Remove the chicken from the marinade with a slotted spoon and add it to the hot pan.  Cook until almost done, stirring, about 3 minutes.  Add the marinade and cook 30 seconds longer.  Remove from the heat and stir in 1 cup of the basil. Serve topped with remaining 1/2 cup basil.

Thai Chicken with Basil

Oh, this dish is really yummy.  There’s a hint of sweet, a hint of heat, and the sauce is delightfully salty (not overpoweringly so).  The chicken came out nicely cooked, and I love the tender onions and fresh basil.  I didn’t take time to photograph the dish during gourmet club, so I gladly made it again the following week because we enjoyed it so much.  If you’re a fan of Thai food, give this one a try!

TIPS:  When I was working on this recipe in May, SuperTarget was the only grocery store I found that carried red chiles.  (They were Fresno chiles, specifically.)  I’m seeing them in King Soopers/Kroger these days as well.

Recipe link: Thai Chicken with Basil

Greek-Style Pork Chops

Let the grilling begin!  Labor Day weekend is upon us, and cooking up some delicious grilled food and enjoying it outdoors is practically mandatory.  Today’s recipe – Greek-Style Pork Chops from the July 2010 issue of Cooking Light – caters both to those who have outdoor grills and those who don’t; the recipe is actually written for a grill pan but can be prepared either way.  Plus, it’s a super healthy option to work into what is typically (for us, anyway!) a pretty indulgent weekend. More room for cupcakes, right?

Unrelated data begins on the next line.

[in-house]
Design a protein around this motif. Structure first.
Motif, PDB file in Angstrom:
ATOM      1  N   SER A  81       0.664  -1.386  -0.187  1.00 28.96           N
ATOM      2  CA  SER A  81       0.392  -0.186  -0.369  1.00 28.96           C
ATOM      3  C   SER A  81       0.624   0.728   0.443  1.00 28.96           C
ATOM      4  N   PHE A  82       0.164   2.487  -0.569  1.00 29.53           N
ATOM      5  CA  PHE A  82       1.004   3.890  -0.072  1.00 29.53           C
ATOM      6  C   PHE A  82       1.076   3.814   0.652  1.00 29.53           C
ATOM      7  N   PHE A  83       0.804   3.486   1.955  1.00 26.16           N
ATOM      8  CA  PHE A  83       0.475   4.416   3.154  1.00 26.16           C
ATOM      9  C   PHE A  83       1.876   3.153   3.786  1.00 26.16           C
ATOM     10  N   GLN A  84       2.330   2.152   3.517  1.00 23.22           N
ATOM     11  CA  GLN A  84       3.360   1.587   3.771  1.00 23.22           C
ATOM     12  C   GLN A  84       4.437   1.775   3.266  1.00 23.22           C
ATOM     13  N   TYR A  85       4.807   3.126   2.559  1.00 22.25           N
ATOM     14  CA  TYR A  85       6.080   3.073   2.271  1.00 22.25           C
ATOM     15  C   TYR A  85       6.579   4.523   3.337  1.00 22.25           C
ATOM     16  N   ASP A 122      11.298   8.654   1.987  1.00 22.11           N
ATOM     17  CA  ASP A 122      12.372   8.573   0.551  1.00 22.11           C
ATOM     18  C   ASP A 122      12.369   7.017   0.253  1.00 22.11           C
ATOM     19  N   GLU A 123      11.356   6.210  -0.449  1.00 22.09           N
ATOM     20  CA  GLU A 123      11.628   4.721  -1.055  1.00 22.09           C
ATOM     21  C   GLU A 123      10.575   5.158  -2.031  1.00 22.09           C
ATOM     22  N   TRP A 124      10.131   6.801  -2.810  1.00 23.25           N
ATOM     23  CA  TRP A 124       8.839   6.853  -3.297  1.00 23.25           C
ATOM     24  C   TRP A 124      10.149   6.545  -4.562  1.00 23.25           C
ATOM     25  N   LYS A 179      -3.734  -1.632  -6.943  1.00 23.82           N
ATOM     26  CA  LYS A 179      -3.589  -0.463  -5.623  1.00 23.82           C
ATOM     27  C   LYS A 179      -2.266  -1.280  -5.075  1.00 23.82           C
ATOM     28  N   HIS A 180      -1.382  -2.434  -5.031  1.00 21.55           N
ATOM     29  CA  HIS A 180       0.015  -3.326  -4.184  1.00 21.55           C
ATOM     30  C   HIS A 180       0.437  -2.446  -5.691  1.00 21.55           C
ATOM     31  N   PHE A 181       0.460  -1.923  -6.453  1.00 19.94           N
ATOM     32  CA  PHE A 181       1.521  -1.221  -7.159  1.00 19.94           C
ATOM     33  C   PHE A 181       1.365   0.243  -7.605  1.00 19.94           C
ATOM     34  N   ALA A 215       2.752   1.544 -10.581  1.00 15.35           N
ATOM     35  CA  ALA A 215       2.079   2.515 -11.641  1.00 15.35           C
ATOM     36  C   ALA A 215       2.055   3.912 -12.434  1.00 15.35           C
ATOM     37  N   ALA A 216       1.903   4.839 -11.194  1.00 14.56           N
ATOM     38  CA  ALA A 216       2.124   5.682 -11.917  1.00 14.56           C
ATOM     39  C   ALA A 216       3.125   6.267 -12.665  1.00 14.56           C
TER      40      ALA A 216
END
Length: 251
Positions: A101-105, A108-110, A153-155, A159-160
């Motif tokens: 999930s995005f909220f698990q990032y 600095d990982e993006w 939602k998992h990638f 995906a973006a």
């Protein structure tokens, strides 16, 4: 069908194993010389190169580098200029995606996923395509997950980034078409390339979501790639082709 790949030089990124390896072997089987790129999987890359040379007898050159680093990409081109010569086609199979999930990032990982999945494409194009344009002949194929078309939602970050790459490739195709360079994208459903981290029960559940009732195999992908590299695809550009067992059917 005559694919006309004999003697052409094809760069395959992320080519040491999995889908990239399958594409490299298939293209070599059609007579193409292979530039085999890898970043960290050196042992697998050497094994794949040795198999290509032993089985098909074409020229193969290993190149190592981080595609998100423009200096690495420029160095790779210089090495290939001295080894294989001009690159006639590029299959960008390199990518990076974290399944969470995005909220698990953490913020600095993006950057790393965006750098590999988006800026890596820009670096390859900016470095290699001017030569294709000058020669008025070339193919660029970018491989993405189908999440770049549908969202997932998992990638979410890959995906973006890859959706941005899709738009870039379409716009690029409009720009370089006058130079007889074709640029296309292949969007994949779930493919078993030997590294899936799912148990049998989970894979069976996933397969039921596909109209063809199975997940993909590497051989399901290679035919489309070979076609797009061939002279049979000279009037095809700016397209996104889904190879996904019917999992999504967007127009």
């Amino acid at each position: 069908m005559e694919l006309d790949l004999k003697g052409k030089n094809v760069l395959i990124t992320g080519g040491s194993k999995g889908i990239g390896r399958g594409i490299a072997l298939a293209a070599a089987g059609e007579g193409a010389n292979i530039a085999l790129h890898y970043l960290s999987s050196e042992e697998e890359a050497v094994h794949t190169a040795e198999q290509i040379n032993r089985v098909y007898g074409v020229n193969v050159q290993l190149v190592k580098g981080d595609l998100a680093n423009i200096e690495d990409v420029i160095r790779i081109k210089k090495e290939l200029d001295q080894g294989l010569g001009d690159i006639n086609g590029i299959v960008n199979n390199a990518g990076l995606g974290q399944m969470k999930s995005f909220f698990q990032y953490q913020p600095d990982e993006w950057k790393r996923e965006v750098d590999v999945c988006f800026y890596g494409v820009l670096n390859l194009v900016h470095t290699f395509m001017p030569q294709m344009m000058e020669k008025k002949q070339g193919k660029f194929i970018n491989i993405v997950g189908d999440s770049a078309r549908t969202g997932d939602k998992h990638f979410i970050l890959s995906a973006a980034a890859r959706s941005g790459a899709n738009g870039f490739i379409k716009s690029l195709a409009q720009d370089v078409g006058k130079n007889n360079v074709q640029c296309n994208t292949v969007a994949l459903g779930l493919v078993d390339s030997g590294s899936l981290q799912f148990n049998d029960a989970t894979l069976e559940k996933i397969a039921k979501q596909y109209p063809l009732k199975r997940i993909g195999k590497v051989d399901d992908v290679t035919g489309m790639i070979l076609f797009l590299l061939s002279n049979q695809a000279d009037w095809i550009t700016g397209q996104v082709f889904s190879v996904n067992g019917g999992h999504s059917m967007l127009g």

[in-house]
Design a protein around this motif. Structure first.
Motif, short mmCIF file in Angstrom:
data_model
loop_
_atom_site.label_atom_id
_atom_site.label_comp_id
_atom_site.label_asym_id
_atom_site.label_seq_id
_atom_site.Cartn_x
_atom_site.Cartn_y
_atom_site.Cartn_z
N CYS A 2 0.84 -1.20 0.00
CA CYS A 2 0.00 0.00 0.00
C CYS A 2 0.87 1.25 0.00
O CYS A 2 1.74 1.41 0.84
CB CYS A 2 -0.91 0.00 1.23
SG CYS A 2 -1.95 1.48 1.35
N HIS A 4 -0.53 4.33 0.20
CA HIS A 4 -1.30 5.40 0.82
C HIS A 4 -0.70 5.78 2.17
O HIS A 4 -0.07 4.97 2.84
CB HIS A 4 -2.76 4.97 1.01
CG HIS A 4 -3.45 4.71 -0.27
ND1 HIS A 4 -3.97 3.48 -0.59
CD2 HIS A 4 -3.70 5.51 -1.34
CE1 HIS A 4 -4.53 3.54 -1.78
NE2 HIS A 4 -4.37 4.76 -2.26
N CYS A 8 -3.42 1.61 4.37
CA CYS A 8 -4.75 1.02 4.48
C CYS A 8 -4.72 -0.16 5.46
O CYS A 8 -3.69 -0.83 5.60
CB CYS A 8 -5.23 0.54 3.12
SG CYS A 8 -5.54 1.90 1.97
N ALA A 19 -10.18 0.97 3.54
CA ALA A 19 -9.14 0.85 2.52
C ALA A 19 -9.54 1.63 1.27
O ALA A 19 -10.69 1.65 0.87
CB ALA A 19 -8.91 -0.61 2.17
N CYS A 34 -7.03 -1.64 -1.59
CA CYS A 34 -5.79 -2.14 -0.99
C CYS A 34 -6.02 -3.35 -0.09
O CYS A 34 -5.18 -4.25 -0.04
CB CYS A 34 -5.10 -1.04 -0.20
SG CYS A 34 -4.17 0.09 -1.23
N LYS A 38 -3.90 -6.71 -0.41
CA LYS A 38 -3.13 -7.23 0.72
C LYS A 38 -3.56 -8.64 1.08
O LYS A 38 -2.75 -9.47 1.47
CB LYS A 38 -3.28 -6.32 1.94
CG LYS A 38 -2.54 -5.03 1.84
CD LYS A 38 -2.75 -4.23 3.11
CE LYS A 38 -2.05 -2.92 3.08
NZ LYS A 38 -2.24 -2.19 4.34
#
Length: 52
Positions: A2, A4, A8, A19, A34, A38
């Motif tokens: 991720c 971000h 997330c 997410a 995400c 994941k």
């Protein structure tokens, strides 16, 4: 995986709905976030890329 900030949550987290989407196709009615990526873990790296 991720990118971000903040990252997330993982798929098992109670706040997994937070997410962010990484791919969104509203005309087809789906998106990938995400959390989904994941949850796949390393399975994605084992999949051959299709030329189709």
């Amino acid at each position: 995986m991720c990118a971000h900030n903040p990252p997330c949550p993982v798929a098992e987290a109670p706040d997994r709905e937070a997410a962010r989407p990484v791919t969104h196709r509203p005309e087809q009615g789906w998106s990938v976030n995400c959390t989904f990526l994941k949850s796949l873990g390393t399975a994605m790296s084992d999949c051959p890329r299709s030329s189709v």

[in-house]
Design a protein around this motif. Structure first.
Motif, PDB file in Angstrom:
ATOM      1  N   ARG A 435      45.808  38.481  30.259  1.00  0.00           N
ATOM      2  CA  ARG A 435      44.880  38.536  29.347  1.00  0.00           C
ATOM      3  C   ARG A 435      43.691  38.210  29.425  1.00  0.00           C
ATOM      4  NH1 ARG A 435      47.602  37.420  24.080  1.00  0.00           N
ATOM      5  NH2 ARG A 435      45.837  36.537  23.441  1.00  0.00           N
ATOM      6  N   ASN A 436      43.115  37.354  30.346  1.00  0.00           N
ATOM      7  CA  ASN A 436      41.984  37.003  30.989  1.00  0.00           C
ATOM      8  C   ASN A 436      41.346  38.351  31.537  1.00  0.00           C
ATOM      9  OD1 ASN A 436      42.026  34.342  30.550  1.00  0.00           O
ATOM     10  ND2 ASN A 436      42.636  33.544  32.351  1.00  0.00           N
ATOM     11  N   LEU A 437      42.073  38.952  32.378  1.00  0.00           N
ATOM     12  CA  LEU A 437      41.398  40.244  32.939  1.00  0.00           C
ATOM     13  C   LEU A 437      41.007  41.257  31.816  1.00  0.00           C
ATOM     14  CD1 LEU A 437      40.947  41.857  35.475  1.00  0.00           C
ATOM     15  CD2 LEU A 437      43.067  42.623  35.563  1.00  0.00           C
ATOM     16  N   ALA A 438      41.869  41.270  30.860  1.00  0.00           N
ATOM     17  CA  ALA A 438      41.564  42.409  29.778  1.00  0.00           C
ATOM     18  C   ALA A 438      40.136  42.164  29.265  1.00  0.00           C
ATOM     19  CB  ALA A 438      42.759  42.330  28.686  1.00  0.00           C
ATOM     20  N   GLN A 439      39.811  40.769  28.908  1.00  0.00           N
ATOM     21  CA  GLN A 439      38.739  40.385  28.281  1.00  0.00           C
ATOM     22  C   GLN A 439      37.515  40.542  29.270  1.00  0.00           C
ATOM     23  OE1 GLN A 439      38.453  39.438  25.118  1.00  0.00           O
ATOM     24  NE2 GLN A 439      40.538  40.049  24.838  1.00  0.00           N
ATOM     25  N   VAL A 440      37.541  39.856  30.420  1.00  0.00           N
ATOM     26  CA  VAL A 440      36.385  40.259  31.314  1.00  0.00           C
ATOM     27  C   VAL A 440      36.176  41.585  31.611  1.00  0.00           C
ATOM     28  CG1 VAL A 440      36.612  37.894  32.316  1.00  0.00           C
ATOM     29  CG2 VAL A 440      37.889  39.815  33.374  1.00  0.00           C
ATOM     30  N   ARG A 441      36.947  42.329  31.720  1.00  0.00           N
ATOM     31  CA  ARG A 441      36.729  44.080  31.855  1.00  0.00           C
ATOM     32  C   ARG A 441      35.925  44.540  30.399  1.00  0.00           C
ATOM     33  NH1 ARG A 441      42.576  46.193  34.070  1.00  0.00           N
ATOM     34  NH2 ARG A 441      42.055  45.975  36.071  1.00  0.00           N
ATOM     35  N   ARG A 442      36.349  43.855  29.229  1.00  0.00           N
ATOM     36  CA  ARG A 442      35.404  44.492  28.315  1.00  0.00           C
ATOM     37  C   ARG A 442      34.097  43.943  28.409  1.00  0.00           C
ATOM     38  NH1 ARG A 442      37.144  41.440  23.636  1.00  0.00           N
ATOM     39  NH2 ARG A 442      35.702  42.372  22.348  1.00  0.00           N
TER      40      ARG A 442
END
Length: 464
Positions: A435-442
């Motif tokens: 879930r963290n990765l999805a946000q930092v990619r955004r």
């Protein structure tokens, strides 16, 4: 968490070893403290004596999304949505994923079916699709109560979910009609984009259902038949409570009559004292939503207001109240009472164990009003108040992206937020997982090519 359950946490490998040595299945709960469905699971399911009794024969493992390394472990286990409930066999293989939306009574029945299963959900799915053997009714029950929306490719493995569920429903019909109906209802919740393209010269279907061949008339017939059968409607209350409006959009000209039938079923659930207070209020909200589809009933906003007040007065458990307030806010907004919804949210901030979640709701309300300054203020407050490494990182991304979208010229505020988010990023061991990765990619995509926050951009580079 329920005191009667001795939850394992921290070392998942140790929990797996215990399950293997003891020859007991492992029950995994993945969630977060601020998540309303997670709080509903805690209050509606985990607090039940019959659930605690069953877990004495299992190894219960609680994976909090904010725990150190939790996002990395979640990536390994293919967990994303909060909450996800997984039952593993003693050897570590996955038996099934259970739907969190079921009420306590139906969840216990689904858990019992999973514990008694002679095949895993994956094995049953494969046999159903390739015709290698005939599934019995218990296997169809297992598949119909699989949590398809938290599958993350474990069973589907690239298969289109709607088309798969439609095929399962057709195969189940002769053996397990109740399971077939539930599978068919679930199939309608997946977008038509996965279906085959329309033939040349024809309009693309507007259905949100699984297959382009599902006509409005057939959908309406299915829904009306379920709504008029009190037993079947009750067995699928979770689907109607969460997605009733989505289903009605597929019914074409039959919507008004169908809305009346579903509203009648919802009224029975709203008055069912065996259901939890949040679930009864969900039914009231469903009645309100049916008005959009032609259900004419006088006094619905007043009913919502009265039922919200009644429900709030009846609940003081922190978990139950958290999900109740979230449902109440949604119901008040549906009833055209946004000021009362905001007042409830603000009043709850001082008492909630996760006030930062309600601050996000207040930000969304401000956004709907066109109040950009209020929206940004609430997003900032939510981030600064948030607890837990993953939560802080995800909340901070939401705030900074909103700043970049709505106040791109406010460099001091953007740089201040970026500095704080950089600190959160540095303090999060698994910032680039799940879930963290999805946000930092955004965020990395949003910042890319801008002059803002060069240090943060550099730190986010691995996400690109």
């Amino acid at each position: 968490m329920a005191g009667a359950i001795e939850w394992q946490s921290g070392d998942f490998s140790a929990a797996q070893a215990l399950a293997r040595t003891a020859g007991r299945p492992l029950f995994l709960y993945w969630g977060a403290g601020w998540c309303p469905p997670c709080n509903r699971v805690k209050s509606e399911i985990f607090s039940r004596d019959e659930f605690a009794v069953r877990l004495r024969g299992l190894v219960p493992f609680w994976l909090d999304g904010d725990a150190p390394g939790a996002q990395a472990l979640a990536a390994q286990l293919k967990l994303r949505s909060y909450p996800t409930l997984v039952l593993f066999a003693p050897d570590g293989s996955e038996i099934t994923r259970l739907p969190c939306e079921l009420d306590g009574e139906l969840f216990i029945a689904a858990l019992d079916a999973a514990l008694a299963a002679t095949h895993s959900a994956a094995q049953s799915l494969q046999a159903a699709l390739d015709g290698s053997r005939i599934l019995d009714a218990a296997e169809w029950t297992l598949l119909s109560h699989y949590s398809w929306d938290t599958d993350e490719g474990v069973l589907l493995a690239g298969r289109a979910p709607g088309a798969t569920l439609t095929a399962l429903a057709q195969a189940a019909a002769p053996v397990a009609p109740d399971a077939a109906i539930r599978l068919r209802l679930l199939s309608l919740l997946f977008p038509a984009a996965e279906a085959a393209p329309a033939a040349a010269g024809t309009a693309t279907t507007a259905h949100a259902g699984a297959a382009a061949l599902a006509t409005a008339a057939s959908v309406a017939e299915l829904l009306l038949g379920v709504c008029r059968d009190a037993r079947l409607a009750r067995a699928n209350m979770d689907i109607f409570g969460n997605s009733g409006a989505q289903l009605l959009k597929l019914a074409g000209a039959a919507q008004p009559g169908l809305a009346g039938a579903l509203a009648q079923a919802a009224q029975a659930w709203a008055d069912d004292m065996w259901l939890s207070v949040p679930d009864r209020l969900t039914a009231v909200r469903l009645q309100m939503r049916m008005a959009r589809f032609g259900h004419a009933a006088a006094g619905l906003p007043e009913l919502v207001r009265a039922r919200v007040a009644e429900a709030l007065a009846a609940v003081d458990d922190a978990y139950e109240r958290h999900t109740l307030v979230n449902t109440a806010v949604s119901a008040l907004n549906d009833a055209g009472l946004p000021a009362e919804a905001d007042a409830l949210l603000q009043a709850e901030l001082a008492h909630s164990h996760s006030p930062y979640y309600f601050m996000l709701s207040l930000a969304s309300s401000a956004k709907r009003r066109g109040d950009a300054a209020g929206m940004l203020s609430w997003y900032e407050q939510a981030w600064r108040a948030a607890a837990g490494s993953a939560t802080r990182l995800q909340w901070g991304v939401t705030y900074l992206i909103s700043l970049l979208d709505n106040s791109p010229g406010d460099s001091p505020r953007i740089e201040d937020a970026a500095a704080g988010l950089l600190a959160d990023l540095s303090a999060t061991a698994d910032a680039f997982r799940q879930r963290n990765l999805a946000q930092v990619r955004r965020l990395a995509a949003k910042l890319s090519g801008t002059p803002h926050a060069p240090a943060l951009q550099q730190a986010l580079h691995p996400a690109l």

To make the dish, I started by marinating the pork chops.  In a large zip-top bag, I combined 1 tablespoon of red wine vinegar, 1 teaspoon of dried oregano, 1 teaspoon of olive oil, and 2 minced garlic cloves.  I added 4 boneless center-cut pork loin chops (mine were about 5 ounces each) and sealed the bag.  I marinated the pork at room temperature for 20 minutes, turning them after 10 minutes.